CTEH® Assists with “Project Jack Rabbit”
CTEH® provided air monitoring and toxicology expertise to the Department of Homeland Security project lauched in 2008 called “Project Jack Rabbit.” The project scope was meant to address fundamental questions regarding the movement of chemicals during a transportation release. The experiment involved Transportation Security Administration (TSA), Chemical Security Analysis Center (CSAC), DHS Science and Technology Directorates (S&T), Observers from Office of Health Affairs, Office of Infrastructure Protection, Navy, Air Force, and other partners across the federal government.
Project Jack Rabbit
The goals of project Jack Rabbit include the following:
- Enhanced emergency response procedures. Validated response procedures will be shared in the next national Emergency Response Guidebook for first responders.
- Safer industrial procedures. The Chlorine Institute and the Ammonia Safety and Training Institute are working to update their safety guidelines and training videos.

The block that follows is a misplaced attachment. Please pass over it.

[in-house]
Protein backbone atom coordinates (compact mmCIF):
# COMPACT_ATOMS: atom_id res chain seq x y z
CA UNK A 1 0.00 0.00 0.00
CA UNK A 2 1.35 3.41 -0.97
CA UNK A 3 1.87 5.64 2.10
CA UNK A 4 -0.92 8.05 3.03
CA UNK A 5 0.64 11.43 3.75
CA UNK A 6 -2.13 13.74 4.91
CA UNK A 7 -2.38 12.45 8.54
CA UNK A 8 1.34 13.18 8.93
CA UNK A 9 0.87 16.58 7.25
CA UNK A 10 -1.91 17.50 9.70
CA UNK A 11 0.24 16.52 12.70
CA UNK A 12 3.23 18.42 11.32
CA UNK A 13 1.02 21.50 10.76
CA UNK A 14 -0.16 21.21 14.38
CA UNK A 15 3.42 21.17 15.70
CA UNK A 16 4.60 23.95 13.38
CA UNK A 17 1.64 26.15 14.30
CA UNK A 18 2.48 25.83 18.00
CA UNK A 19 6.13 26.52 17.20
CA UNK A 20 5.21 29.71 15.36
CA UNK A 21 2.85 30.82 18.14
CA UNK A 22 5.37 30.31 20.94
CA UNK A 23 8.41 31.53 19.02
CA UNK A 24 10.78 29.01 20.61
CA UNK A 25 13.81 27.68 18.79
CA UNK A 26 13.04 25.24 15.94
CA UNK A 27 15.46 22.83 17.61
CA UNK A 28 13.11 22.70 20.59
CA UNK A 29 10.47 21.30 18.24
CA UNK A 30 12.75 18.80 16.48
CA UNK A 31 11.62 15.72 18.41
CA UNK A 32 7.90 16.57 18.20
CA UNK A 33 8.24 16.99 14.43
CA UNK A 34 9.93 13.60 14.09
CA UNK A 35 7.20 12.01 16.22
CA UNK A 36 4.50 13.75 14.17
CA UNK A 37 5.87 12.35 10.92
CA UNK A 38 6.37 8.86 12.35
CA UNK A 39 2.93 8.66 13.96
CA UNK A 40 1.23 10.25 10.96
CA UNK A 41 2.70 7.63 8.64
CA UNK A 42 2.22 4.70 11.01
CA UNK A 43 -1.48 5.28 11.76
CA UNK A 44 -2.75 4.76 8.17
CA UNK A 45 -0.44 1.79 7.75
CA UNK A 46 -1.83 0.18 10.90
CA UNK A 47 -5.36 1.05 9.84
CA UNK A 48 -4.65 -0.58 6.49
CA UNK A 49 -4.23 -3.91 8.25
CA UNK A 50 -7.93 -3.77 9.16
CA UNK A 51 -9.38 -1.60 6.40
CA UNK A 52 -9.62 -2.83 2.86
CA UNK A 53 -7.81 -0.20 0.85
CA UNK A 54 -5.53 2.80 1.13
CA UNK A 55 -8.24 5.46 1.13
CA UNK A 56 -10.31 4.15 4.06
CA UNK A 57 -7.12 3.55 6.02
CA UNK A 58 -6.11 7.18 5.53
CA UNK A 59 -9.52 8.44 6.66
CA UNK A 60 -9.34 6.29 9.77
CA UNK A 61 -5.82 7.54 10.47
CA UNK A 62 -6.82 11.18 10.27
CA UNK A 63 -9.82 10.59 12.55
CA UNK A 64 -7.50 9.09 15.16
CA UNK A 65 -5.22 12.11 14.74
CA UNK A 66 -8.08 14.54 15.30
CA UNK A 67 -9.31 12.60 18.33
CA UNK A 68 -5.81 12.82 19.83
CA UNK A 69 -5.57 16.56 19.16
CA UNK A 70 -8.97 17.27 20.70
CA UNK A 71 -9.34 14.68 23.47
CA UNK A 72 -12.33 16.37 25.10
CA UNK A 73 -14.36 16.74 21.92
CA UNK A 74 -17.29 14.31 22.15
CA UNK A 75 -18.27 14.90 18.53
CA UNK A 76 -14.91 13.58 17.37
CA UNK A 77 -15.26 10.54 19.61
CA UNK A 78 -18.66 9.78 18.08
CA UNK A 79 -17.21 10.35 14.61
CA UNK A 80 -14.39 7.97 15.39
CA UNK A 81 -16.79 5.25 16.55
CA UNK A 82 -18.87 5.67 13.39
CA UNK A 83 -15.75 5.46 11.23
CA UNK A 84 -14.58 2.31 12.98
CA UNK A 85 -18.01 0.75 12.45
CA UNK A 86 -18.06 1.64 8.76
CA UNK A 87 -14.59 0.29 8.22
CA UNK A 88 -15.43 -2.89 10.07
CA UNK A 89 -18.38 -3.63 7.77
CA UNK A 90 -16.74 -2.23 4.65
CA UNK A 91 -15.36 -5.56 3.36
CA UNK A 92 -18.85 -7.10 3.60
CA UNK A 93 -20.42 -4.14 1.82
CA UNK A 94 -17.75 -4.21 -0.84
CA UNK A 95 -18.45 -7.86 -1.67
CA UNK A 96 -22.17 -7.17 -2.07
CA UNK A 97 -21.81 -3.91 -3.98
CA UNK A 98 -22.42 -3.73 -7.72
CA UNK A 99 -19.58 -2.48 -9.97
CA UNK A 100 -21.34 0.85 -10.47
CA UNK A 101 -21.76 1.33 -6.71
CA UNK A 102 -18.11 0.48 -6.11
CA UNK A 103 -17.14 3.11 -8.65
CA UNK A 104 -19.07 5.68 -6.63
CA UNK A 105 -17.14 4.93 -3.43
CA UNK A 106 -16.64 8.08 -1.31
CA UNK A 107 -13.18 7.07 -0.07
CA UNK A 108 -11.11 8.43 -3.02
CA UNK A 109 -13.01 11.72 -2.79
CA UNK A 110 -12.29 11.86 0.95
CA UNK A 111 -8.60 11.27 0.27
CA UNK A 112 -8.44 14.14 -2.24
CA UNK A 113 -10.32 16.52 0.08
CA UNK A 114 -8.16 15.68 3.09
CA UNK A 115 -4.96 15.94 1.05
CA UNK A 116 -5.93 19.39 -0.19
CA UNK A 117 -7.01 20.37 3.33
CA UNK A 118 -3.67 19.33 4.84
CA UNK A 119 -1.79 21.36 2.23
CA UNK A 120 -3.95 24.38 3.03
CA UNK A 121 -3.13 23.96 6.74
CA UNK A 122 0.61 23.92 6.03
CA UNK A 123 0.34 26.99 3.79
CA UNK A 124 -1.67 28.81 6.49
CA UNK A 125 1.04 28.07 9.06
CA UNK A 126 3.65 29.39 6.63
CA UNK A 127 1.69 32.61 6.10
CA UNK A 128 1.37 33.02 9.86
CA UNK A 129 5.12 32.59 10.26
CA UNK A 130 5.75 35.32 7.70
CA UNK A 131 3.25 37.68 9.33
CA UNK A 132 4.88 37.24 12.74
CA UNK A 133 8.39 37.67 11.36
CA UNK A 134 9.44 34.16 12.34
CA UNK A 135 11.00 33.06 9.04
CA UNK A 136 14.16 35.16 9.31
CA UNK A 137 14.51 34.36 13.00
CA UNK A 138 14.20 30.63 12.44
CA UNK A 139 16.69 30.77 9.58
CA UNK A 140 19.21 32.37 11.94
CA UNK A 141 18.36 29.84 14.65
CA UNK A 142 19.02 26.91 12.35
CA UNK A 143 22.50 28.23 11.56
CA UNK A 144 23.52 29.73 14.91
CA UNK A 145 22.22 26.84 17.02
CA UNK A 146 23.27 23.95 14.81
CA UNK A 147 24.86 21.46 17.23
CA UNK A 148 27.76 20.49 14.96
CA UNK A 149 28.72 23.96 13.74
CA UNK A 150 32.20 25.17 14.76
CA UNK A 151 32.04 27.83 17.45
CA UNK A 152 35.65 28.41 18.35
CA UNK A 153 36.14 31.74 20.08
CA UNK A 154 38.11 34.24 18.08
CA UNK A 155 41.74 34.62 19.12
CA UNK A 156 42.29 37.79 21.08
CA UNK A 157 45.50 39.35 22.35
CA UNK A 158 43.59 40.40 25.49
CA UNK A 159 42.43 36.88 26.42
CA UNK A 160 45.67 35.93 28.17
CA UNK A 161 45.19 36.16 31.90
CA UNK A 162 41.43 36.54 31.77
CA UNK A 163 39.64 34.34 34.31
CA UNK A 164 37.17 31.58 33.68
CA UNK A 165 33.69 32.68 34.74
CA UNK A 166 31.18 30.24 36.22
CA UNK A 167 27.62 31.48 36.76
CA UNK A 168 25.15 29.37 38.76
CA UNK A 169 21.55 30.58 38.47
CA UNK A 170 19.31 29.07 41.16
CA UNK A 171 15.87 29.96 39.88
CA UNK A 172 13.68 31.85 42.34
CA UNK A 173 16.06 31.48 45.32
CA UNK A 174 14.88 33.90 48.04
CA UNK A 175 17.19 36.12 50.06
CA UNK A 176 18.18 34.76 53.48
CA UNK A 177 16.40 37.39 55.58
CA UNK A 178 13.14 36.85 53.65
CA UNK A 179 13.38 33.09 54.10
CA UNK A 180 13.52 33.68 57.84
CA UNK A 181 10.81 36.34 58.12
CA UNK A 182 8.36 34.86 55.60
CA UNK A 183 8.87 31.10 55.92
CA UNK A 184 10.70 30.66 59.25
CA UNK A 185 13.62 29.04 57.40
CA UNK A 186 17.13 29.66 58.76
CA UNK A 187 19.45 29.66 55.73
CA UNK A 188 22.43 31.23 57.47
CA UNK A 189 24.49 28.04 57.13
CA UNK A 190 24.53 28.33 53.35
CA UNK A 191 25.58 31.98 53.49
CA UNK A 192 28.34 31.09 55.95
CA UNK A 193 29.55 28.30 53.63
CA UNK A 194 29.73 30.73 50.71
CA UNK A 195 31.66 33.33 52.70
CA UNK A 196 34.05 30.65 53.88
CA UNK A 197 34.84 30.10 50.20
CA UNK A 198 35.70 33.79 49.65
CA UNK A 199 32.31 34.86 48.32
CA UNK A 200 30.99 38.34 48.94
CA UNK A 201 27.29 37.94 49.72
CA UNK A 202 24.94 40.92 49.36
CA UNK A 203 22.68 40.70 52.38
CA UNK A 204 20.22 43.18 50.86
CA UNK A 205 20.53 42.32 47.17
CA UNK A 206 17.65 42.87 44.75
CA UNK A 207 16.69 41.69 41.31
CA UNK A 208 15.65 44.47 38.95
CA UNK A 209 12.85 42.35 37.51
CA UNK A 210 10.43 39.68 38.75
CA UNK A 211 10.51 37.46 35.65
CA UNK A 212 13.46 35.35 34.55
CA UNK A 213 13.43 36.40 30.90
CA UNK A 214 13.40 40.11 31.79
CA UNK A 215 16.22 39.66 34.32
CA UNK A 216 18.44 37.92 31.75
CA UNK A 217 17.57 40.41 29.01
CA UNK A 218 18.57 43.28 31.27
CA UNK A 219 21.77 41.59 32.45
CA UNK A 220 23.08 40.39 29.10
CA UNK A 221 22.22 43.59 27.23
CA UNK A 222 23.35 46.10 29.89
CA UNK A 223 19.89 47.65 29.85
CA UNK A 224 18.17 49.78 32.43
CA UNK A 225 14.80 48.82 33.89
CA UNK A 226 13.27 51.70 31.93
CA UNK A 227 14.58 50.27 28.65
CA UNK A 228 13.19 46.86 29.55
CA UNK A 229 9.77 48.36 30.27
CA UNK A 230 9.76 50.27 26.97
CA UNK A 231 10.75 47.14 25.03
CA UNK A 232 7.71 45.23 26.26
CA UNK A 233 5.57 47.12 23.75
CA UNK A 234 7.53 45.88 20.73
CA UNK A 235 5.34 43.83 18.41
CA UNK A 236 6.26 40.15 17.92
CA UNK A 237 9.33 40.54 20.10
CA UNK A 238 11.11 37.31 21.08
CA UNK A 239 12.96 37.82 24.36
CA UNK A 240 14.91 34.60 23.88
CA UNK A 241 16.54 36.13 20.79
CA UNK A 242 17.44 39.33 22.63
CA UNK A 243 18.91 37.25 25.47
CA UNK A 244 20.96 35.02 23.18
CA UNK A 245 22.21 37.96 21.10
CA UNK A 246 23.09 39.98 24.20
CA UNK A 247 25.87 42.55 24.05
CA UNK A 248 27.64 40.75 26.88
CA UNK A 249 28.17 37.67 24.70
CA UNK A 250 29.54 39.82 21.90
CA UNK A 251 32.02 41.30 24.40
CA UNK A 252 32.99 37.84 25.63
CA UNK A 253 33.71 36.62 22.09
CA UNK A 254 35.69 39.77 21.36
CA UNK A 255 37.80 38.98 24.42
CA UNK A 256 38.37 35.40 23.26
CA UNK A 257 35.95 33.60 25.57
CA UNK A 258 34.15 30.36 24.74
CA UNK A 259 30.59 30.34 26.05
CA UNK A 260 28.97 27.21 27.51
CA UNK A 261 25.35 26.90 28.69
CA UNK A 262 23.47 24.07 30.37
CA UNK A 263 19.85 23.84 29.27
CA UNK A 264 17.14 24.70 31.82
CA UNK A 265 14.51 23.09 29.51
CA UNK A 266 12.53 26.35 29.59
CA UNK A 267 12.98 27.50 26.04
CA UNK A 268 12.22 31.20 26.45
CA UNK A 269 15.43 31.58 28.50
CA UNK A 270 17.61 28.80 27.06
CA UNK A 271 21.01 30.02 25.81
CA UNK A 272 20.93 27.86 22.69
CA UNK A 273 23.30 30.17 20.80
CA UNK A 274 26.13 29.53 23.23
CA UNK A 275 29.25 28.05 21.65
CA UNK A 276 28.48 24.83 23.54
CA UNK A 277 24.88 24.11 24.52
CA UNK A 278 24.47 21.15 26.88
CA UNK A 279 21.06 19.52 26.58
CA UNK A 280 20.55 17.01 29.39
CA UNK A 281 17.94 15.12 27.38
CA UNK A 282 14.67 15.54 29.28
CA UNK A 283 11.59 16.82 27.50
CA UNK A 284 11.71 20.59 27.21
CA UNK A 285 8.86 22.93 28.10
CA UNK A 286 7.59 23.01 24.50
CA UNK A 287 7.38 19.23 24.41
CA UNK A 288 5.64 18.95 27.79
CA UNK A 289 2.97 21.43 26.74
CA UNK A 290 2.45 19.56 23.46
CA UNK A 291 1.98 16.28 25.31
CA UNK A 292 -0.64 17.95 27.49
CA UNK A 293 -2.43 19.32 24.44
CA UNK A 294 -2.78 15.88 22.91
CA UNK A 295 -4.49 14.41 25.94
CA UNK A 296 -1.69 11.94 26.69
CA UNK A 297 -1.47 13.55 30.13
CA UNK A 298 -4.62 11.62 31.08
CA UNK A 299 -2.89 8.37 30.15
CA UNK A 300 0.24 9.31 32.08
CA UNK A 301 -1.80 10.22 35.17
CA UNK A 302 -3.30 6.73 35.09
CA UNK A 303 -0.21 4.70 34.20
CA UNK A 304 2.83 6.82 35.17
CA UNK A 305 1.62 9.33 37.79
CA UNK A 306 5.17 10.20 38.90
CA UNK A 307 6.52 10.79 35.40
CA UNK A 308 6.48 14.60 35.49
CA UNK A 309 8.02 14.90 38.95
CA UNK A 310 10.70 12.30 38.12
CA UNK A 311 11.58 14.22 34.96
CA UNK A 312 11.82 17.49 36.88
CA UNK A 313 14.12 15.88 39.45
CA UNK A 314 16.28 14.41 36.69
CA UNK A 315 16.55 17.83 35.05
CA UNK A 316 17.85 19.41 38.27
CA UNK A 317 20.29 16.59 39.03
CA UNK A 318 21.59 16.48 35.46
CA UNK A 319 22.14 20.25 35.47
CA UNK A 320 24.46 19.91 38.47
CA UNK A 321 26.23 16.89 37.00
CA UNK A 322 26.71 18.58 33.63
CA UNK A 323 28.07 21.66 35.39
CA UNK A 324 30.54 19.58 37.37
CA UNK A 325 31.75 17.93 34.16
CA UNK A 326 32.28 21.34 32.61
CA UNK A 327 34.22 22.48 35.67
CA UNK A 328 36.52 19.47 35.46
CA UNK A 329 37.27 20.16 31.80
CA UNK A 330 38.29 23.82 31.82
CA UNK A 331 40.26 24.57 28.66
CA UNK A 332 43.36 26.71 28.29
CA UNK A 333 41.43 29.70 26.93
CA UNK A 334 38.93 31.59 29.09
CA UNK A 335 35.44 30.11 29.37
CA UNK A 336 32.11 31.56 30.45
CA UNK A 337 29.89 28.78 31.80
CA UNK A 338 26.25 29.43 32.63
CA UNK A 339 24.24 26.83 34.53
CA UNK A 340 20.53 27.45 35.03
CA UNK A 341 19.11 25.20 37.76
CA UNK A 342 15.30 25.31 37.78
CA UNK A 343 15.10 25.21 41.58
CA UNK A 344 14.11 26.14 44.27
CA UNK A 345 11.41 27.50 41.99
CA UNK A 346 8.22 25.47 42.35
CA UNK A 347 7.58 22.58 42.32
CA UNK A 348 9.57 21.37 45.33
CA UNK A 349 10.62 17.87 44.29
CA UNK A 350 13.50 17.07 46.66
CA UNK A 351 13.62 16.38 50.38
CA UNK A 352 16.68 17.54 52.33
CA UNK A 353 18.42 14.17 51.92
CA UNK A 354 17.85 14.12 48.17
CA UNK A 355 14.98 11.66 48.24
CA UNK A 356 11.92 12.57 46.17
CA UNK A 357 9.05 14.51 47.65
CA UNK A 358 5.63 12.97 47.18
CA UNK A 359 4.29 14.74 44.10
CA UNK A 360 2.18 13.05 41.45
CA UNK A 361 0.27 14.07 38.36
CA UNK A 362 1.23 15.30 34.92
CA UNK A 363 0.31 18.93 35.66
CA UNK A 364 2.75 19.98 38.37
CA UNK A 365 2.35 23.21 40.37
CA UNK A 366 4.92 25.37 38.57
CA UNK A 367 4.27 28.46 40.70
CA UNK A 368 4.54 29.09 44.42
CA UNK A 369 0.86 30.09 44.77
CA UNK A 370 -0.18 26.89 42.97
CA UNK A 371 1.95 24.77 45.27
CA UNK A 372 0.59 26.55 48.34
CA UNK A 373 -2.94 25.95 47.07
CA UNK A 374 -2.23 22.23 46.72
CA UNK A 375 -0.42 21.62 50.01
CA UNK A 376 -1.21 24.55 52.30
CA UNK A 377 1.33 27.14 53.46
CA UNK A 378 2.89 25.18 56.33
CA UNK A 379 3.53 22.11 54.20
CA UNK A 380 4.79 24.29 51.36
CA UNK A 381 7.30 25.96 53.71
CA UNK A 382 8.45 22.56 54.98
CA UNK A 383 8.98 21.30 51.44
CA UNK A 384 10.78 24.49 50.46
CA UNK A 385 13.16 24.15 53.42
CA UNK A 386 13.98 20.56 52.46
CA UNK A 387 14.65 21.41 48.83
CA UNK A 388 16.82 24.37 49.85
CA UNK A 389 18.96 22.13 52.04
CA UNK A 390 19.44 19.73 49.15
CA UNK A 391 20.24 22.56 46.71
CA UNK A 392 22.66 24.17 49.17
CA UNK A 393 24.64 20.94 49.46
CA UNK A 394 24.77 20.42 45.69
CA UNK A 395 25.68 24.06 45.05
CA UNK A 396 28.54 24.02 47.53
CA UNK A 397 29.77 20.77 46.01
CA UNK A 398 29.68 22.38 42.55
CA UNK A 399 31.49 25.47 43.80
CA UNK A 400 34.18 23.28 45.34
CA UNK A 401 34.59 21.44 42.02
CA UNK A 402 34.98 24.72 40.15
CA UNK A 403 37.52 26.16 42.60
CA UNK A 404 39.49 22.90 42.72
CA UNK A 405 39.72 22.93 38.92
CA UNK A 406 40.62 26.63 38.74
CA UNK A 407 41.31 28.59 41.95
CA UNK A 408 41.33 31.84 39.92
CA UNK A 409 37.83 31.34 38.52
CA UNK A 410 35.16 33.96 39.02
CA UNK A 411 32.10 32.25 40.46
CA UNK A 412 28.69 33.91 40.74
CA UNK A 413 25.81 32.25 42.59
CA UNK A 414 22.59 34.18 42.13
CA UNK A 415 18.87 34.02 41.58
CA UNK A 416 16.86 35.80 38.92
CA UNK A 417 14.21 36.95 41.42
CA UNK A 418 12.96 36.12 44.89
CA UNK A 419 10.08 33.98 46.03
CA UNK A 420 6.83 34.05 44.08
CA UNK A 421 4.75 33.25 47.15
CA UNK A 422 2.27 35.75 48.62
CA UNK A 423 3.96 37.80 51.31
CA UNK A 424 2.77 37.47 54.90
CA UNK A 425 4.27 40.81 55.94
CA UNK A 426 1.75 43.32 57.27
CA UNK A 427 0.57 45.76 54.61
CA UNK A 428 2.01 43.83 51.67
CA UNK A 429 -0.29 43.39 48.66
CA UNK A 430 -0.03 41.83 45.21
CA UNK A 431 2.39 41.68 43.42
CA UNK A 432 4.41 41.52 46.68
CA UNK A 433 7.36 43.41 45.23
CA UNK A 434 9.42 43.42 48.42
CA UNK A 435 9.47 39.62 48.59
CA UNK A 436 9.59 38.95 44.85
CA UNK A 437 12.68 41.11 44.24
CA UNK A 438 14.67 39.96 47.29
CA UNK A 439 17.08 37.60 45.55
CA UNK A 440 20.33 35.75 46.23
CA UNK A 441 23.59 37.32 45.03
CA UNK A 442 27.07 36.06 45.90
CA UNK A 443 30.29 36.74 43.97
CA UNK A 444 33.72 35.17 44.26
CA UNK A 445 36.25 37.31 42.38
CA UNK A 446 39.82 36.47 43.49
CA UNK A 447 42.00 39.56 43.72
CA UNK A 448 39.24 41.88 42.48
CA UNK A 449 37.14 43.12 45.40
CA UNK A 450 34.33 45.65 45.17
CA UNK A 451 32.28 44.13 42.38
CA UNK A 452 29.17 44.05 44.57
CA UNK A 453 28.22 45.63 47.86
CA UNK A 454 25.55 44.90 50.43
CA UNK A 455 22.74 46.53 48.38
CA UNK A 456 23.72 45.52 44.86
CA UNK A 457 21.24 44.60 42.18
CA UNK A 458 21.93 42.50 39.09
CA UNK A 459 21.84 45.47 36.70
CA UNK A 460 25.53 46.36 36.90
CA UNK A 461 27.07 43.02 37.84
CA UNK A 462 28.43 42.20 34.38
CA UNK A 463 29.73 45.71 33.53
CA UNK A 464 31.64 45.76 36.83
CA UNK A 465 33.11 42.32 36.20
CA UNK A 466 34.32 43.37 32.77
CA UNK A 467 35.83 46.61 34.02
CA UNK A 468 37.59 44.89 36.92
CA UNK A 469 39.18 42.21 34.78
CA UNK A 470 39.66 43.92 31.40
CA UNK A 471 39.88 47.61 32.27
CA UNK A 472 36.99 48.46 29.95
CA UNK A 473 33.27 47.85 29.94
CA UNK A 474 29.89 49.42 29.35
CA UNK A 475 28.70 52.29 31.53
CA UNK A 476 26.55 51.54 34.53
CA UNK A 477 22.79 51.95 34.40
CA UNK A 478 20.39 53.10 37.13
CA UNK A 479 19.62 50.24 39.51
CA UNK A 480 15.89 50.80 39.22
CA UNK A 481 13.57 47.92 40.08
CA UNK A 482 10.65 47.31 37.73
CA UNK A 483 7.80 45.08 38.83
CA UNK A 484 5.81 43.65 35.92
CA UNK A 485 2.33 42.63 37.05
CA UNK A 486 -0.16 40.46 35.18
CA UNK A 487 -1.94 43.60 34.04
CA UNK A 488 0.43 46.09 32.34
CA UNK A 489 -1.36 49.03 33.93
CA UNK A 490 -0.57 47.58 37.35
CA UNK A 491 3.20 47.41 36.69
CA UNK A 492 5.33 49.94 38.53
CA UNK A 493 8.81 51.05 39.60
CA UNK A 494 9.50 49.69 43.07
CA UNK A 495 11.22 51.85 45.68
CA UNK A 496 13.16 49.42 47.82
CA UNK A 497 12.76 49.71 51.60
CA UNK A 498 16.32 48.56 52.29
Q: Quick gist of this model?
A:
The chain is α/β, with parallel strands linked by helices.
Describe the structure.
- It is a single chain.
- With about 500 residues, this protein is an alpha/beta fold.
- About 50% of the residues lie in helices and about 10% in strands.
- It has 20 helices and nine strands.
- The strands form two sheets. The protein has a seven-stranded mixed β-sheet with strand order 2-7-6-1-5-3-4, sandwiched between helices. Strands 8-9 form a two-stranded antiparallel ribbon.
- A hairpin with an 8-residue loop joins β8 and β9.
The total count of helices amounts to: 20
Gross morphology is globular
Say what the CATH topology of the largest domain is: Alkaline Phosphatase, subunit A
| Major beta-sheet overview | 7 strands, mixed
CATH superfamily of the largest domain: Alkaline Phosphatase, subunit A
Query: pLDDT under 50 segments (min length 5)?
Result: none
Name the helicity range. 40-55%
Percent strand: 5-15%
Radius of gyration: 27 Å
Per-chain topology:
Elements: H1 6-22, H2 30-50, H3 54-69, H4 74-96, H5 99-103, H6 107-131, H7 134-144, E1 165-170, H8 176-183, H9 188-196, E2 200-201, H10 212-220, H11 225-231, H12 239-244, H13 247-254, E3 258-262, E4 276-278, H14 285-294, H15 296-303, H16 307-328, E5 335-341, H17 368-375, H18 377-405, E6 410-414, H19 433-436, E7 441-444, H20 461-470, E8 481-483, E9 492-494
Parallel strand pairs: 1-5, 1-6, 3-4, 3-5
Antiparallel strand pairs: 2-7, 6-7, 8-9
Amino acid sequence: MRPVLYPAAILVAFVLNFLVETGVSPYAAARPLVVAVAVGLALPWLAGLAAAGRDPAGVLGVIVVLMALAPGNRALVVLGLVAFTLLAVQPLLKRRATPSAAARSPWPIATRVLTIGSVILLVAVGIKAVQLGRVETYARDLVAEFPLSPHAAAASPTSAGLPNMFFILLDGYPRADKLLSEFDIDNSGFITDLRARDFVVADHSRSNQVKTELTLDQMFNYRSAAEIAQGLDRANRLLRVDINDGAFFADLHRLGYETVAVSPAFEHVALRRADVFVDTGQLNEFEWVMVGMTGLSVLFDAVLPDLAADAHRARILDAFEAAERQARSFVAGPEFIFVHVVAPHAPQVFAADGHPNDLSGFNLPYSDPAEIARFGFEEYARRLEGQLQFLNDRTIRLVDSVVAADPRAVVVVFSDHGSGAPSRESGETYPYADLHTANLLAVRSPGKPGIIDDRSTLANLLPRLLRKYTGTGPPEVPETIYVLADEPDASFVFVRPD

- Better mitigation strategies. By studying how the gas behaves, TSA hopes to curb potential casualties from a toxic chemical release by positioning barriers or craters near rail yards to trap gas clouds before they leave the incident site.
- Improved defense readiness. Soldiers facing materials poisonous by inhalation, commonly referred to as Toxic Inhalation Hazards (TIH), will be able to better understand what they are facing and be more prepared to respond. In addition, the Department of Defense is exploring ways to protect electronics and vehicles capable of flight against chlorine.
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